Well, we walked. And walked. Rode that free trolly. Walked a lot more. We somehow ended up in a very bad part of town with no clue if we were heading the right way. We were sitting on the lawn of some business across the street from a strip club, trying to relax and figure out what we were to do when we hear a female voice yell, "HEY! I like to FUCK!" To which Chuck replies, "Everyone does!" Then the nasty stripper was laughed back inside.

After realizing we couldn't afford another cab, we walked a ways more until we made it to a drive thru Starbucks where we took out our wet sleeping bags and laid them out to dry. A very nice lady who worked at the Starbucks brought us out some ice water. I decided to try my 'uncle' one last time, so I worked up the tears and dialed. "I don't know where we are *sniff* some horrible part of town *sniffle sniffle* please, please, could you come help us? *crying* We'll have to sleep on the streets *sniff cry sniff*" And we were in. "Ok, ok, what street are you on? We'll be right there!" So we packed our stuff back up and waited for our ride.

Wednesday, September 22, 2010

The Greyhound: May 13

We printed off a Crew Change Guide but quickly realized we wouldn't be able to hop out of the small town we were in in Georgia. Instead, we bought a couple Greyhound tickets to Denver, CO and decided to begin our backpacking on the American Discovery Trail. We left on May 13th of 2009 and spent the next two days on crowded, noisy buses. I don't advocate drug use at all, but if you want a clever spot to hide your weed, zip it up in your sleeping bag. No really, it's a horrible idea, I was terrified. But it did work. Anyway, after arriving in Denver, we had the unfortunate realization that our backpacks had gotten soaking wet. I guess they just don't make those buses like they used to! What were once 25 lb packs were now more in the 35-40 lb range. We threw away our bus clothes and changed into our traveling apparel, washed up a bit, and hit the streets of Denver. First things first, a trip to REI. I'd never been to one and needed a compression sack pretty badly.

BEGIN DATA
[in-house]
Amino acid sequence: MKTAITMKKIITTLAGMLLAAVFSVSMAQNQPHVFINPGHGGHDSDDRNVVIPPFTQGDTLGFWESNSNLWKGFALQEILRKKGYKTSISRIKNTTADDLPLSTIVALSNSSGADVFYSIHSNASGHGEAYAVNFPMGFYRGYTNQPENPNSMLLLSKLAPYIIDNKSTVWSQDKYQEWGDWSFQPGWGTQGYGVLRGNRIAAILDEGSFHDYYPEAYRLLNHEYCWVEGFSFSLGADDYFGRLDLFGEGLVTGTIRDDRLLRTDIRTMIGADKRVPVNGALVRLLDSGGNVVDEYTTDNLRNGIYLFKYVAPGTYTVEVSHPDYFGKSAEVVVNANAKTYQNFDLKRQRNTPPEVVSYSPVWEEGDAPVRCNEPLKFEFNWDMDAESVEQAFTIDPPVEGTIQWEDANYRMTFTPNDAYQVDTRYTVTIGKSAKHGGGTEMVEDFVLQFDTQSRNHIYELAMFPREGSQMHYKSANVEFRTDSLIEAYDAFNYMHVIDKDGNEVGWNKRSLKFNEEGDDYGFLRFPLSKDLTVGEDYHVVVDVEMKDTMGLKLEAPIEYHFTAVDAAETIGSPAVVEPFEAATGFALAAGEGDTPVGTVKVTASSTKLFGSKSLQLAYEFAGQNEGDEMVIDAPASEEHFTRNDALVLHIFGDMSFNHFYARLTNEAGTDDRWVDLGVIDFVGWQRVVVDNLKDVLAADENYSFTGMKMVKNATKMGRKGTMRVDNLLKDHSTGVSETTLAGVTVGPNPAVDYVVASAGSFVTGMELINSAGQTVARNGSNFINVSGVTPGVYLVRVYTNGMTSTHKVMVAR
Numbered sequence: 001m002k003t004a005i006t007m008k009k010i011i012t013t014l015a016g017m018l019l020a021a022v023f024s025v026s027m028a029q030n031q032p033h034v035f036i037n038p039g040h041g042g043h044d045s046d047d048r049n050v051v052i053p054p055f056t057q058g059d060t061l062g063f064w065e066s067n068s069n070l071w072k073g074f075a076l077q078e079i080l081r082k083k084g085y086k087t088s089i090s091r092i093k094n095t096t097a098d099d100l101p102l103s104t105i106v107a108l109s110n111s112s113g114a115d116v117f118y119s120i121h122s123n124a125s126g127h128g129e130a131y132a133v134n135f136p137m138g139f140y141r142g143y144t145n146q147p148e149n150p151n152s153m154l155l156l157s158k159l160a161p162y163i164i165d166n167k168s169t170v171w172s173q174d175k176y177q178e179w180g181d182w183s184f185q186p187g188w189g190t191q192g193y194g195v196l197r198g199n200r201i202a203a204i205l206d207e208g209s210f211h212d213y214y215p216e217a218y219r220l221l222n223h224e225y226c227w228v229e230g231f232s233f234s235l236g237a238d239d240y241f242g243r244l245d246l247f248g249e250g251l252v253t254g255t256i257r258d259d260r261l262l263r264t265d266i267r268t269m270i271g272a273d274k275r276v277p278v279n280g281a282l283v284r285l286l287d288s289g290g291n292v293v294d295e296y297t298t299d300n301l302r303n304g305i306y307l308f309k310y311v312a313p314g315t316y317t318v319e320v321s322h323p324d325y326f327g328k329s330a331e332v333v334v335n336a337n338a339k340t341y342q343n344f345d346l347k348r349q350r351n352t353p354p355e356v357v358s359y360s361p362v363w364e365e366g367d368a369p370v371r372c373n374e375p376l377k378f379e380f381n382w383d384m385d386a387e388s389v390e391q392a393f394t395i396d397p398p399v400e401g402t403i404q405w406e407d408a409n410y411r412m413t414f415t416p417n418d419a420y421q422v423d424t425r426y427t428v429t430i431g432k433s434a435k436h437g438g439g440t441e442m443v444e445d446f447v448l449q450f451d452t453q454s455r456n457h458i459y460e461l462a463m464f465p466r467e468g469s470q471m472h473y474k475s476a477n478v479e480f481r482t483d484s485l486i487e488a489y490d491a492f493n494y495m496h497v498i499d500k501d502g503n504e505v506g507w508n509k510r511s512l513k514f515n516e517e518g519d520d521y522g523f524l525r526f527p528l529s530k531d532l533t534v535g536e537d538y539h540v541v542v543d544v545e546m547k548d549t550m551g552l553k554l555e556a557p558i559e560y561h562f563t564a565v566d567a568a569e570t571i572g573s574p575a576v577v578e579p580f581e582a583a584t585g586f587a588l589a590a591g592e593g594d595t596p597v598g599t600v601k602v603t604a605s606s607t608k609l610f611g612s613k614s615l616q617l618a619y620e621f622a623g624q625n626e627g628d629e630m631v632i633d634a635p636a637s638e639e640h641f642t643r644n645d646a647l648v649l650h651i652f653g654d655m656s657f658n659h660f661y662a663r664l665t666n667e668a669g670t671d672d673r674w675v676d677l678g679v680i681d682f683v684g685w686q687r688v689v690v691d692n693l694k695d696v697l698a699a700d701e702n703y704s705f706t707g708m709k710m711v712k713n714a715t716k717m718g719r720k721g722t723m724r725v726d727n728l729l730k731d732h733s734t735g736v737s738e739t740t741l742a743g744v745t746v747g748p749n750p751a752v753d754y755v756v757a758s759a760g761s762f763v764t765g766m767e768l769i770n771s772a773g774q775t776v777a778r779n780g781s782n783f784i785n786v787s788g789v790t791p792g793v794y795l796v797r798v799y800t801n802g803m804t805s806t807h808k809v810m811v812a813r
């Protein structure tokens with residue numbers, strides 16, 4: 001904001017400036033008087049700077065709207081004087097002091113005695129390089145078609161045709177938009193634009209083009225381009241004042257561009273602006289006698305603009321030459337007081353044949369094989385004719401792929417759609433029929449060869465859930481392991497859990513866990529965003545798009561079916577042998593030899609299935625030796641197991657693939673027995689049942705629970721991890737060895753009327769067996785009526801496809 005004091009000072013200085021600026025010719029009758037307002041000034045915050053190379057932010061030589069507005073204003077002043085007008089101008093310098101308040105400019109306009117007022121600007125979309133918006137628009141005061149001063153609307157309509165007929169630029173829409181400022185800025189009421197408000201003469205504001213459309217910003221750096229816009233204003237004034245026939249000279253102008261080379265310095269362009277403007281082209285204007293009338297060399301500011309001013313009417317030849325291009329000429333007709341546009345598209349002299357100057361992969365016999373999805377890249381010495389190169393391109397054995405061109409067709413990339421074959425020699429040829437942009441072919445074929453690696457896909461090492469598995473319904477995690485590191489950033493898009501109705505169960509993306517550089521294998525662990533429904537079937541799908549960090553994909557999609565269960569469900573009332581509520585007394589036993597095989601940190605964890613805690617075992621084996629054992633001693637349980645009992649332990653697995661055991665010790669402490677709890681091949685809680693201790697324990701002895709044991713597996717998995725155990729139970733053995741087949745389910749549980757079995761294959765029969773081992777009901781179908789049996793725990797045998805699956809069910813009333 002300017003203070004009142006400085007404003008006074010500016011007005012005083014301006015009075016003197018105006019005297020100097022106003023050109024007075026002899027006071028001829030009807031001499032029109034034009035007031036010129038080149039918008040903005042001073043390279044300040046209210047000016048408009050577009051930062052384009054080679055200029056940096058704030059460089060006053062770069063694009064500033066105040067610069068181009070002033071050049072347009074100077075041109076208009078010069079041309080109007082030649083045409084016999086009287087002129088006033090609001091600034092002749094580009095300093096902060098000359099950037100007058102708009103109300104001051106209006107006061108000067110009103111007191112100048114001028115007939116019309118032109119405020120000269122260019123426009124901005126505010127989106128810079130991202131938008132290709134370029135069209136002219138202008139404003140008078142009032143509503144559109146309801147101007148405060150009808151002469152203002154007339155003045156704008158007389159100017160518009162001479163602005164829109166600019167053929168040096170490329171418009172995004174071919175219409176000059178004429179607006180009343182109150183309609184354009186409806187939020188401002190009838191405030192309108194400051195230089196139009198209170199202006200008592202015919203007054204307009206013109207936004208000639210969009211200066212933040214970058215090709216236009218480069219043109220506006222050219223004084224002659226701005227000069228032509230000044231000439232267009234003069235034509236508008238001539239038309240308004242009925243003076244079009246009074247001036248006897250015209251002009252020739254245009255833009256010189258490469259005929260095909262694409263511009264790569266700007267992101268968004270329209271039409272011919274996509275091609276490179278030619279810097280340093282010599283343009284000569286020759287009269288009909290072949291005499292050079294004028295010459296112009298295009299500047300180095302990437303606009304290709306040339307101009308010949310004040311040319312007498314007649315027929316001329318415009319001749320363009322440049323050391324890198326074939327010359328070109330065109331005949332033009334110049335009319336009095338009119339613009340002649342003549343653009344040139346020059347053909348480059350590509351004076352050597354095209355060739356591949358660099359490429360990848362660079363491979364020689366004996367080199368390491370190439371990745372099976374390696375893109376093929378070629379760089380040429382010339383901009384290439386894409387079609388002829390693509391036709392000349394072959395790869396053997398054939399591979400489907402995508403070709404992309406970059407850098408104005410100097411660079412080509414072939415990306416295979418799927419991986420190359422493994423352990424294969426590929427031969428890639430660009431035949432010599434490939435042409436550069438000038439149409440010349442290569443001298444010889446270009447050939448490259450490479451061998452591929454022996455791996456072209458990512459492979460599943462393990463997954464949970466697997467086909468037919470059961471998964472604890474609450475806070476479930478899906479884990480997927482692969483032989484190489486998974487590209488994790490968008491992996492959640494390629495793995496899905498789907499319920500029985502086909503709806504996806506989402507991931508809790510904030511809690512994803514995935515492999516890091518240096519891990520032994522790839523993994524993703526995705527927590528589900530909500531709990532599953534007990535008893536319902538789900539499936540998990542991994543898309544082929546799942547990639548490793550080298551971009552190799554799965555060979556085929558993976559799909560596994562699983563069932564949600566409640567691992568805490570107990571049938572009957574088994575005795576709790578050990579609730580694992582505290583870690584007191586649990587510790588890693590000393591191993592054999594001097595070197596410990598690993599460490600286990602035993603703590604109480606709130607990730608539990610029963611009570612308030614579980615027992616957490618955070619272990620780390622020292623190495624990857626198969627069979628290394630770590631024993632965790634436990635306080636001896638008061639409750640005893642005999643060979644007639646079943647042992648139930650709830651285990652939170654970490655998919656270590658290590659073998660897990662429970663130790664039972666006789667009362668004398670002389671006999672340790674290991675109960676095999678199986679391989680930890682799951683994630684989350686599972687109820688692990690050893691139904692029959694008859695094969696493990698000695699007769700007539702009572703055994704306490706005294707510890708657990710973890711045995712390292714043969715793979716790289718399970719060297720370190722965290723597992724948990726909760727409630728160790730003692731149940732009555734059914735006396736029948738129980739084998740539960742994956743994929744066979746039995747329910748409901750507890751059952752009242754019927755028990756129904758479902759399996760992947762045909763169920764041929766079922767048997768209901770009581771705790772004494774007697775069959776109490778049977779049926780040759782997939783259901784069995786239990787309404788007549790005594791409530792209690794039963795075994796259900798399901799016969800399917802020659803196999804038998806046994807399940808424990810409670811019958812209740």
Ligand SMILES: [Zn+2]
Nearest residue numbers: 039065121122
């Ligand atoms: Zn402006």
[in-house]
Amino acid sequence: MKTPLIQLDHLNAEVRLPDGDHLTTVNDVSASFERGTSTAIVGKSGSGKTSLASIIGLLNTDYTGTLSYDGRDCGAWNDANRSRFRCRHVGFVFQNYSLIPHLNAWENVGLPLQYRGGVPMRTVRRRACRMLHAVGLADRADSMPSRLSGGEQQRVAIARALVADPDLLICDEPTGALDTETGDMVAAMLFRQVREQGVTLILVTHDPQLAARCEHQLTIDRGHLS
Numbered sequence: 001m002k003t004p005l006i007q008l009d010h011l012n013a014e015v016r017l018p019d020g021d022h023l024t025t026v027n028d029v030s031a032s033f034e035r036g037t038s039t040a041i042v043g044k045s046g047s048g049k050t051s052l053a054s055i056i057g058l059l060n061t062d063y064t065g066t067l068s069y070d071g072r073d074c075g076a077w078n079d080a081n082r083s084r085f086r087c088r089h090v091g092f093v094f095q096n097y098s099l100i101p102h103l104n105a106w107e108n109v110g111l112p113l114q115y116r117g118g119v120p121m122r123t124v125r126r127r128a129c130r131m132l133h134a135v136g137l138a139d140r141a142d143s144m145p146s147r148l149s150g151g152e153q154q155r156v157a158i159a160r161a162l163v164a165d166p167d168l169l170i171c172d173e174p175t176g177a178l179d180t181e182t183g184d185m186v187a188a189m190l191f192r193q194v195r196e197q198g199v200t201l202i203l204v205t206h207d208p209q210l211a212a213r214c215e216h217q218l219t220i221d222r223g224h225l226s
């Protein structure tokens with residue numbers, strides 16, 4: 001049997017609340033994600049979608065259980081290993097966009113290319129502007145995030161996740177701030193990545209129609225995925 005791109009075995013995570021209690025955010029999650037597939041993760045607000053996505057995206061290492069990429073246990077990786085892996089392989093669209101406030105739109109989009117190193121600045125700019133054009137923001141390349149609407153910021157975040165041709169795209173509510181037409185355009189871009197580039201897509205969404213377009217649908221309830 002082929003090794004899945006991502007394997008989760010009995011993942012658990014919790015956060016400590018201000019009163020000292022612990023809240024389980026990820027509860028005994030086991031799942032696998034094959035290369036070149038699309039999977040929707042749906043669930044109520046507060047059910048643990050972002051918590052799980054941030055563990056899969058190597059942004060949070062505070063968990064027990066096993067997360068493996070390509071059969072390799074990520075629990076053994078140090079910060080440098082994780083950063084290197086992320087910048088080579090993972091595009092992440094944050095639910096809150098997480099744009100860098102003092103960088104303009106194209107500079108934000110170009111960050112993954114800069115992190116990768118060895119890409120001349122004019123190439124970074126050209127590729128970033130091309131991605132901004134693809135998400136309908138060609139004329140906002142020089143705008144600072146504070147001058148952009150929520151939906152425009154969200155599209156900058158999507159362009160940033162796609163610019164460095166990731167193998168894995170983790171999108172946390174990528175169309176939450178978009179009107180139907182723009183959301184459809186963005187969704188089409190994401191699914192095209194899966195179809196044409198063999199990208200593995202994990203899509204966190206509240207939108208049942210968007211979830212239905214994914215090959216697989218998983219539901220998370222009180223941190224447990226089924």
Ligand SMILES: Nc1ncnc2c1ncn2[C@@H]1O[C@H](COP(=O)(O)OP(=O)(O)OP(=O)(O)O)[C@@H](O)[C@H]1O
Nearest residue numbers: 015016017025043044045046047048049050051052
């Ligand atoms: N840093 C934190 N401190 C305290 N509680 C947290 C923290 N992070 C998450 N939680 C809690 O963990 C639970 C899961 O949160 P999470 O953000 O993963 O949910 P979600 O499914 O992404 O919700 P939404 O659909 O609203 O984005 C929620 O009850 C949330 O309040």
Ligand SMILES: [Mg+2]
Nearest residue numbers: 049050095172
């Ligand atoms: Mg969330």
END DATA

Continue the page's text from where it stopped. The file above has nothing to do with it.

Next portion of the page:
We got a cab, and within an hour of being in Denver, I lost our cell phone charger. Great. We moved on, got our bags at REI and I called my 'uncle' whom I was under the impression would be thrilled to take us out to Mt. Falcon Park where we would begin hiking. Wrong...

The Beginning

Our journey began long before we actually left. I moved to Georgia from the Midwest a couple of years ago. I met my soul mate and fellow traveler on Craigslist of all places. I knew he was the one the first time we met. We sat on my apartment patio smoking a blunt and soon he was telling me how he was taking off on a backpacking trip. I was in love. “Are you serious?! Oh my god, that’s my dream.” We talked and talked of hitchhiking, train hopping, and walking across the country. After I made the decision to go with him, we began planning.

There were backpacks, shoes, sleeping bags, cooking stoves and any number of things we needed to research and buy. We didn’t originally plan on hitchhiking. In fact, what we really wanted was to train hop across the country. We were of the opinion that it was impossible to get a ride in America. Surely, no one would pick us up. How wrong we were.

Tuesday, September 21, 2010

Jansport Access 40

Jansport Access 40
The Jansport Access 40 was my pack. It was a great backpack but it wasn’t right for me. I failed to realize I needed a pack made specifically for a woman. Even though it was considerably smaller than Chuck’s Big Bear, it still just didn’t fit me right. This is not to say it’s a bad choice! What I loved about the Access 40 were the many pockets and compartments. It has two front loading pockets that I carried all the soap, toothpaste, brushes, etc in and a front stash pocket I actually managed to stuff our entire tent into. (The actual tent, not the poles or ground cloth) If that doesn’t sell it I don’t know what will! It has great side pockets, one of which carried our cooking pan, cup, and utensils. It’s got a little pocket up top that’s great for change, carrying numbers, id’s, or anything else that you don’t want to dig through your pack for. The waist straps could have been a little bigger in my opinion but what really sold me on the Access 40 were the Aircore shoulder straps. They were very comfortable and Chuck was always jealous of them. This pack also has a hydration sleeve. I never used it so I can’t comment on it.

Now for the cons: this pack compresses very well on the sides, but what I hated about it is how wide it gets when it’s full. It was extremely difficult to take on buses or hold in a car. The Big Bear was very long and slim when full while the Access was thick and bulky and would constantly cause me to bump into things. I compare it to driving a truck versus a car; when driving a truck you have to be constantly aware of the back end. Also, the two front loading pockets tore in my pack. However, I’m not 100% sure if this was the pack’s or my fault. I did constantly over stuff it and I also carried razors in those pockets. Speaking of overstuffing, 40 liters may seem like a lot, but it wasn’t enough for me, packing my bag in the morning was a thirty minute ordeal for me because everything had to be “just-so” for it all to fit. This would make a great weekend pack (which is what it’s advertised for anyway) and has a ton of versatility. However, if you need to stuff this thing until it bursts, I suggest you keep looking, it’s just too awkward when full. Check out the full specs here: Jansport Access 40